Macarons are the more challenging and fiddly to make of the two, especially for beginners. They require significant practice and patience to get right. The key step is the “macaronage” process, where ground almonds and sugar must be carefully folded into the meringue before being piped onto baking sheets. The macaroon, on the other hand, can be prepared in under 20 minutes, and there is even one variation that requires no baking at all.
Macarons are best enjoyed within a few hours of baking, and will last a couple of days when kept in the fridge, whilst macaroons can last for more than two months when frozen. The average cost per macaron cookie is almost double the average cost of the macaroon cookie. Whilst the macaron and the macaroon are very different confections, they are both sweet treats worth making the effort for!
Oreos! I think just about everyone loves Oreos, those chocolate cookies with the creamy filled centers. Of course everyone has their own preference when it comes to eating those yummy cookies. Do you bite into the whole sandwich or do you twist one side off and eat the creamy filling first? Personally I’m the bite the sandwich kind of gal! Now as much as we love oreos we also love funnel cake, that oily sweet crunchy treat you find at fairs, carnivals, and theme parks. Well have you ever had Deep Fried Oreos?
The only way I can describe Deep Fried Oreos is to say they’re a marriage of Oreo cookies and funnel cake. Yes it’s a battered and fried treat that has recently been added to the fried treats found at the state fairs and carnivals across the country. But it’s so easy to make at home so you don’t have to wait until the fair comes to town!
All you need is pancake batter, eggs, milk, oil, and of course the oreos. It’s so easy you can make a batch of about 2 dozen in less than an hour. I fry mine in coconut oil instead of vegetable oil, the coconut oil gives it that little bitty taste of coconut, yummy! But you can fry it in any oil you normally use. So with out further delay here’s the recipe. Hope you love these treats as much as we do!
Deep Fried Oreos
1 Cup Milk
1 1/2 cups Bisquick mix
1 Tsp. Vanilla
About 2″ oil for deep frying
Beat Eggs and milk together in a small bowl.
Mix in Bisquick until the batter is smooth not lumpy.
Stir in Vanilla
Heat oil over medium high heat.
Dip each oreo in dough and drop into hot oil.
Fry until golden brown.
Drain fried oreos on paper towel
Dust with powdered sugar and serve.
Some folks like them hot, they’re crunchier when served hot. But others like them cooled. I’m not sure how well they keep as we never have any left over that needs storing!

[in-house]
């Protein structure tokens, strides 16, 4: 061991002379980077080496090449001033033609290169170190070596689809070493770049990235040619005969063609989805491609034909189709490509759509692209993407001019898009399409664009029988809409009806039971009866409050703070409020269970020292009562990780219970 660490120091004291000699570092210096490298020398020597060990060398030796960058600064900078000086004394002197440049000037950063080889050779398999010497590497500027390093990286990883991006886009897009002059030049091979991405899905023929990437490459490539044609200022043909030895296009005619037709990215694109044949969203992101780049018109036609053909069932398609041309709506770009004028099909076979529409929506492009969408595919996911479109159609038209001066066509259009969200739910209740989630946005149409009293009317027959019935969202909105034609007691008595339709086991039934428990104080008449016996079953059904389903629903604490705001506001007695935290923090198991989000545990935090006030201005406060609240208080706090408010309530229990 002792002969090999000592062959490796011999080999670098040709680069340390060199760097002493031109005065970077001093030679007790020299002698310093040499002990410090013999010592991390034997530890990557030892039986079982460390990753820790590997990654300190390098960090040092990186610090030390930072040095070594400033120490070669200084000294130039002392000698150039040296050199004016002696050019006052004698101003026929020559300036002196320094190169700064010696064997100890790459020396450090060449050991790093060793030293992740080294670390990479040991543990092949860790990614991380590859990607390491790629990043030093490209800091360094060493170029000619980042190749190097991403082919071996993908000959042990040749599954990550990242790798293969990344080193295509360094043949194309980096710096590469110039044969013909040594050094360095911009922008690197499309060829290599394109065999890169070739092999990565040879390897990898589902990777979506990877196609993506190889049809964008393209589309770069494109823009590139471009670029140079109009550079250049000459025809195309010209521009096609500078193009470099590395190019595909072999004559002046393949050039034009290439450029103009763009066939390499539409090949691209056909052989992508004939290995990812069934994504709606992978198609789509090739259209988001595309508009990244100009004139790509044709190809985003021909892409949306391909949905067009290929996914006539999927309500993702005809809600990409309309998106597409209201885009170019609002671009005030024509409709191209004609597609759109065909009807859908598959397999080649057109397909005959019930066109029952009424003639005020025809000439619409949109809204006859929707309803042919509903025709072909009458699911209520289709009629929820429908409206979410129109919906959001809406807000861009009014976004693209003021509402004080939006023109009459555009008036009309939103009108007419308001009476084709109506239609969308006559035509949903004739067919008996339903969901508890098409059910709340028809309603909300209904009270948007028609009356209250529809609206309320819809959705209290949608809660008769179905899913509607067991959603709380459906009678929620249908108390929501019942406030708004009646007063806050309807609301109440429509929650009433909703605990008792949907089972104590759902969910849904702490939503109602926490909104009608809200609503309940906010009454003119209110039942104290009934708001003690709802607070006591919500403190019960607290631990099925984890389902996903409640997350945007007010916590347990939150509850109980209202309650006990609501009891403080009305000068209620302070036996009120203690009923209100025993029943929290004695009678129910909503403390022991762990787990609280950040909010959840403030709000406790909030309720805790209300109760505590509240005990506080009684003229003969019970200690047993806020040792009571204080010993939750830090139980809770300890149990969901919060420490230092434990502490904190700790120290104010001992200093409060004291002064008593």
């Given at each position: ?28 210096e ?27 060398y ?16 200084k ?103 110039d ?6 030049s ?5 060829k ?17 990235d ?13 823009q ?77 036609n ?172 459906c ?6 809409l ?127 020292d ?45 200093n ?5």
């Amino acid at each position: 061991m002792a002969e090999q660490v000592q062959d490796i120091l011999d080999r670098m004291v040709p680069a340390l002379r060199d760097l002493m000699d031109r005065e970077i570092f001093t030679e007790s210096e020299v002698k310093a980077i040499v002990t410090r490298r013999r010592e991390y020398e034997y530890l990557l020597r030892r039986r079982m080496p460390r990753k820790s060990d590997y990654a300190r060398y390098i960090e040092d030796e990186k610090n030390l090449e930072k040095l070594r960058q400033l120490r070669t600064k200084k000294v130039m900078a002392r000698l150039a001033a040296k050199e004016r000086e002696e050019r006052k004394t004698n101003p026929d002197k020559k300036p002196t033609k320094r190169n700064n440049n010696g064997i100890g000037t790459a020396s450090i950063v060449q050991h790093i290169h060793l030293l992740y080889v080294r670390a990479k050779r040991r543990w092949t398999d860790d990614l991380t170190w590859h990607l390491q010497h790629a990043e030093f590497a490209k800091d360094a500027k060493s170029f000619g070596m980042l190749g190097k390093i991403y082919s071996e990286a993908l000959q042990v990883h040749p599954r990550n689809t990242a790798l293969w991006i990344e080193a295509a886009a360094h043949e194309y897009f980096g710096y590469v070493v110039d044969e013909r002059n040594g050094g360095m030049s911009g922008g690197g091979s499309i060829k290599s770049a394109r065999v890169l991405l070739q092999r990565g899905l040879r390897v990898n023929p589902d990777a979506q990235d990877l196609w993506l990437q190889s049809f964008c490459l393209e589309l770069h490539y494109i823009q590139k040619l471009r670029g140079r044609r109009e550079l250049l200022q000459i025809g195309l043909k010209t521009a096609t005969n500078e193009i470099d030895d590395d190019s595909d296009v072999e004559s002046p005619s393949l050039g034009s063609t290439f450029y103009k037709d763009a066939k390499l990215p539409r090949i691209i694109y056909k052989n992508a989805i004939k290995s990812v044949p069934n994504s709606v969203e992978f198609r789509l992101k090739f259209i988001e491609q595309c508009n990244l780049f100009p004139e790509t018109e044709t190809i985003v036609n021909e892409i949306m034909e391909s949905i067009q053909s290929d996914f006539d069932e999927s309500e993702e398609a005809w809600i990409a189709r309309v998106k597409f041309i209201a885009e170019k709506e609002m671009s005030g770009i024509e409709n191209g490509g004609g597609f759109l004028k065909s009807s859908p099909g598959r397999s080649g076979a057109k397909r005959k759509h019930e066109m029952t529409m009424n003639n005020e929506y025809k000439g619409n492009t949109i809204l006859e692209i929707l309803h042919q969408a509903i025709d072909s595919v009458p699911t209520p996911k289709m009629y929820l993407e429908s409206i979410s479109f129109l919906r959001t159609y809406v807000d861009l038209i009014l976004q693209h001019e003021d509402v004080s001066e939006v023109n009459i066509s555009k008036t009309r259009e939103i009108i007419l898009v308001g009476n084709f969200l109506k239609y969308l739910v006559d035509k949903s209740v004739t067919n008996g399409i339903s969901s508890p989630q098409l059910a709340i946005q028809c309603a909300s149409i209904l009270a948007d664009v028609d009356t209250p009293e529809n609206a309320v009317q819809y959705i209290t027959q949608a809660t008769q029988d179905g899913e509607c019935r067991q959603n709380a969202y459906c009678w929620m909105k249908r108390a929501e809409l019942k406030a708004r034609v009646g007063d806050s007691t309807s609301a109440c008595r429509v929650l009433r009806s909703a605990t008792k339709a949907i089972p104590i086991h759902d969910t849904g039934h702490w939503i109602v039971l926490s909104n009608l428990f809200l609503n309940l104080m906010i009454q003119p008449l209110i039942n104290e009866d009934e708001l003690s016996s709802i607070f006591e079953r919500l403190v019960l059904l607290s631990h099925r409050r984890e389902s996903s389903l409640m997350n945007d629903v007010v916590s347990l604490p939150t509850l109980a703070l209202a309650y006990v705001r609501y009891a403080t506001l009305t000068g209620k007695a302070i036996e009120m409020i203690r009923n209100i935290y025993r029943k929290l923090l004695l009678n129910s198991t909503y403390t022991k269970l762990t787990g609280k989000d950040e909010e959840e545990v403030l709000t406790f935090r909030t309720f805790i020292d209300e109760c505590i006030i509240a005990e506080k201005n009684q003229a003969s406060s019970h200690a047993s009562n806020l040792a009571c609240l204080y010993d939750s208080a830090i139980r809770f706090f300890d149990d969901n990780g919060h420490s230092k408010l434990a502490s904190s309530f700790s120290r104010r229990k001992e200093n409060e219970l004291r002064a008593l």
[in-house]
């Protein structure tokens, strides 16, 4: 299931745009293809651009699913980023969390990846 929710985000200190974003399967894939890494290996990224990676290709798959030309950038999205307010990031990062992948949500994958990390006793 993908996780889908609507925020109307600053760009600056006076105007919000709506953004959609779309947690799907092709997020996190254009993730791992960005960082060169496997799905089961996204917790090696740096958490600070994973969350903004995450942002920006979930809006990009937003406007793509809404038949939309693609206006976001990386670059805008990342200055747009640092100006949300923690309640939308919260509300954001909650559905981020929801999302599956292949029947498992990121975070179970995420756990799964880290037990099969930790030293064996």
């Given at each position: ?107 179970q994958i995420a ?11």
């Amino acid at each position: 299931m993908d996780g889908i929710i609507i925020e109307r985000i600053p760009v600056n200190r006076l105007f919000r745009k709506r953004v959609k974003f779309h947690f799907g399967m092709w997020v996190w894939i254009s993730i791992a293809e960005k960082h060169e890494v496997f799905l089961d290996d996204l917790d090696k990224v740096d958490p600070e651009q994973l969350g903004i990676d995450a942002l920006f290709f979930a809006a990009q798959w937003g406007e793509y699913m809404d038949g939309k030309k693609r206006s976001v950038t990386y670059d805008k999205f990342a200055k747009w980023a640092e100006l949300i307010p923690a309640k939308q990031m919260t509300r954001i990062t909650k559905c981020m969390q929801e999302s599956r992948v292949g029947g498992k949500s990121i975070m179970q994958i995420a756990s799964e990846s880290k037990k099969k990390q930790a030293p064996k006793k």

We love Chocolate Cake! It’s one of my favorites! I mean seriously what’s not to love?
So whenever I get hungry for a quick fix of chocolate cake I grab a box of my favorite mix, add a few extras, and bake an almost homemade chocolate cake. Of course I could make it from scratch, but sometimes I just don’t have the time. When I’m pressed for time it’s either box mix or make a run to the store and many times it’s just easier to use the cake mix.
But just because I use a cake mix that doesn’t mean my cake has to taste like it came out of a box. By adding and substituting a few things anyone can make a box mix cake taste like it was made from scratch!
Here’s how I make my almost homemade chocolate cake. I’m pretty sure you’ll have the ingredients in your kitchen. I usually have a box or two of cake mix, one yellow and one chocolate, and a couple of cans of frosting in my pantry; I like to stock up on them when they’re on sale.
What you’ll need:
1 Box Devil’s Food Cake Mix – or any type of chocolate – any brand will work
1 Cup Milk
1/3 Cup Butter, melted
5 Large Eggs
2 Tsp. Vanilla Extract
2 Tsp. Instant Espresso Powder
2 9″ Round Pans
1 Can Chocolate Frosting
Here’s what to do:
Heat oven to 350º
Grease the 2 pans
Substitute the water the box mix calls for with milk, and use melted butter instead of the oil
Use 5 eggs instead of however many the box mix calls for
Place the mix, milk, butter, and eggs in a bowl and mix on medium speed with electric mixer
Stir in vanilla extract and espresso powder
Pour equal amounts of batter into the 2 pans
Bake in oven for 25 minutes or until a tester comes out clean
Remove from oven and let cool about 10 minutes
Flip cakes onto a rack and cool completely
When cakes are completely cooled use a wire or sharp knife to level the tops and make them flat
Dust off any crumbs
Place 1 layer on cake plate, bottom side on the plate
Spread a thin layer of raspberry preserve on top to seal the crumbs
Spread a thin layer of raspberry preserve to the top of the second layer
Spread a layer of chocolate icing on the first layer
Flip the second layer over and place it on top of the first layer – your cake should be top sides together
Spread a thin layer of raspberry preserve on the top and sides of your cake – this seals in any crumbs
Frost the top and side of your cake
Garnish with fresh fruit or whatever you like before serving.
This cake is really great with a scoop of vanilla ice cream or a cold glass of milk!